RAWk Star

Imagine staring at a rock - a dull, gray, lump that's rough to the touch. It doesn't have much importance, doesn't really stand out, nor does it capture your interest. What if I told you that you're missing something?

So begins the college application essay written by Rachel, my mentee at RAW Art Works in Lynn, MA. Well, RAW uses the word "mentee," but I often found that she was the one mentoring me! Take her college essay, for example. After introducing the reader to a plain rock, she proceeds to show that appearances can be deceiving. If you make the effort to crack the stone's obdurate surface, it reveals a sparkling crystal geode interior - a metaphor for her own introverted yet brilliant persona. In her film that inspired the essay (posted above and worth a watch) she eschews the prevailing view that introversion is something that needs to be overcome. I wish I were that comfortable in my own skin when I was 17 - heck, I still haven't learned this lesson at age 31!

Rachel and her hand-painted RAW graduation robes. How clever is that brush tassel?!

Rachel and her hand-painted RAW graduation robes. How clever is that brush tassel?!

Over the course of the year, we worked together on her college applications. Her unending optimism and work ethic during this process was a constant source of inspiration for my own parallel job search. This fall, Rachel is UMass Amherst-bound with a slew of scholarships! In the long run, she has an innovative and  selfless vision to combine elements of psychology, landscape architecture, natural resources, and film production to create spaces that protect the environment and improve the population's well-being.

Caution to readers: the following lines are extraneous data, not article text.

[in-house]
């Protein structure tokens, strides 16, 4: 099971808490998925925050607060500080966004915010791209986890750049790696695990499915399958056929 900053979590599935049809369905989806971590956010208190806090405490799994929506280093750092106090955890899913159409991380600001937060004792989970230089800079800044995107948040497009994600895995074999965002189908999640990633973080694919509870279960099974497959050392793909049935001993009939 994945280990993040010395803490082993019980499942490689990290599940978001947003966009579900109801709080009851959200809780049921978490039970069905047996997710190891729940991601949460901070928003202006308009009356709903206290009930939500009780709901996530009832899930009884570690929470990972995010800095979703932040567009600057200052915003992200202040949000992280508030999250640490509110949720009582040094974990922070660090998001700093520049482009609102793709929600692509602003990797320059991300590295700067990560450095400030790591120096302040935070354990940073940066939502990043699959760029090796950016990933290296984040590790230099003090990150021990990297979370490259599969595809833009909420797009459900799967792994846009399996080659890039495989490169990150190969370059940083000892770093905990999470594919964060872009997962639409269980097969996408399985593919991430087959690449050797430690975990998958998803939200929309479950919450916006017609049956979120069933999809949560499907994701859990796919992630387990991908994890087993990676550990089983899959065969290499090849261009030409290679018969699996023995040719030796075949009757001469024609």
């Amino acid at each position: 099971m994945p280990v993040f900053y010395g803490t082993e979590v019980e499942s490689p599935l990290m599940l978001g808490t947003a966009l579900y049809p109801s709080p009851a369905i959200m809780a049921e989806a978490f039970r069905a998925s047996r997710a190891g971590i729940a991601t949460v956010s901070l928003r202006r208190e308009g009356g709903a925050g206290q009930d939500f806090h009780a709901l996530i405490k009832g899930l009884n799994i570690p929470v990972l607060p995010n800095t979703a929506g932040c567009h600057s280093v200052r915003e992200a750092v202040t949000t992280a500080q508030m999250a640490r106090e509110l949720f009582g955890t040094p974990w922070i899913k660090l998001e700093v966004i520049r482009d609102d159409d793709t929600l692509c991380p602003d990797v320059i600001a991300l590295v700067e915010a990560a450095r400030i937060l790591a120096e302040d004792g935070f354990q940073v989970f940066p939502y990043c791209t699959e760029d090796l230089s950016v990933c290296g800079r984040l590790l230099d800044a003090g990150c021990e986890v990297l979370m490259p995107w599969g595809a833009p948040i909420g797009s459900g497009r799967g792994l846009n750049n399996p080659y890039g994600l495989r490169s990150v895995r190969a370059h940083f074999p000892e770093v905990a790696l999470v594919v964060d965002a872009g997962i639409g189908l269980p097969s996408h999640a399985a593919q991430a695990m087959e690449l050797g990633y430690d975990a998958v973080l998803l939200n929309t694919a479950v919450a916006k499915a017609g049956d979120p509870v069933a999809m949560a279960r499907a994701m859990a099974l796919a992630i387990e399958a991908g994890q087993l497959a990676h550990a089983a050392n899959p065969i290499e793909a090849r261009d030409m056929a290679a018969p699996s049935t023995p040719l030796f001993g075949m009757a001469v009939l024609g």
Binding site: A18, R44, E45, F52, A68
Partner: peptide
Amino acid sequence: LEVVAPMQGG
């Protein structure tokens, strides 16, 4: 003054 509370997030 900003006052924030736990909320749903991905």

You can support RAW Art Works and their rewarding mentoring program by hitting up Flatbread pizza in Somerville TOMORROW, Tuesday July 11. Or better yet, become a mentor yourself!

RAWk on,

Sarah

Editing Art and History with Nayda Cuevas

In most minds, the phrase "Spring Break" conjures a tropical MTV landscape populated with "bros" and bikinis. Or, at the very least, a quiet week away from campus. But for graduate students and academics, work goes on! I did, however, take a "Spring Break" of sorts by putting my dissertation revisions down long enough to work on a side project: freelance editing Nayda Cuevas' forthcoming self-published book, Puerto Rican "American": Uncovering Suppressed Histories Between Puerto Rico and the U.S., which you can buy later this spring on her website: www.naydacuevasart.com.

A trio of portraits from the series  #Latina: Reclaiming the Latina Tag , on view at the  Arlington Art Lounge . View more examples from the series  here . 

A trio of portraits from the series #Latina: Reclaiming the Latina Tag, on view at the Arlington Art Lounge. View more examples from the series here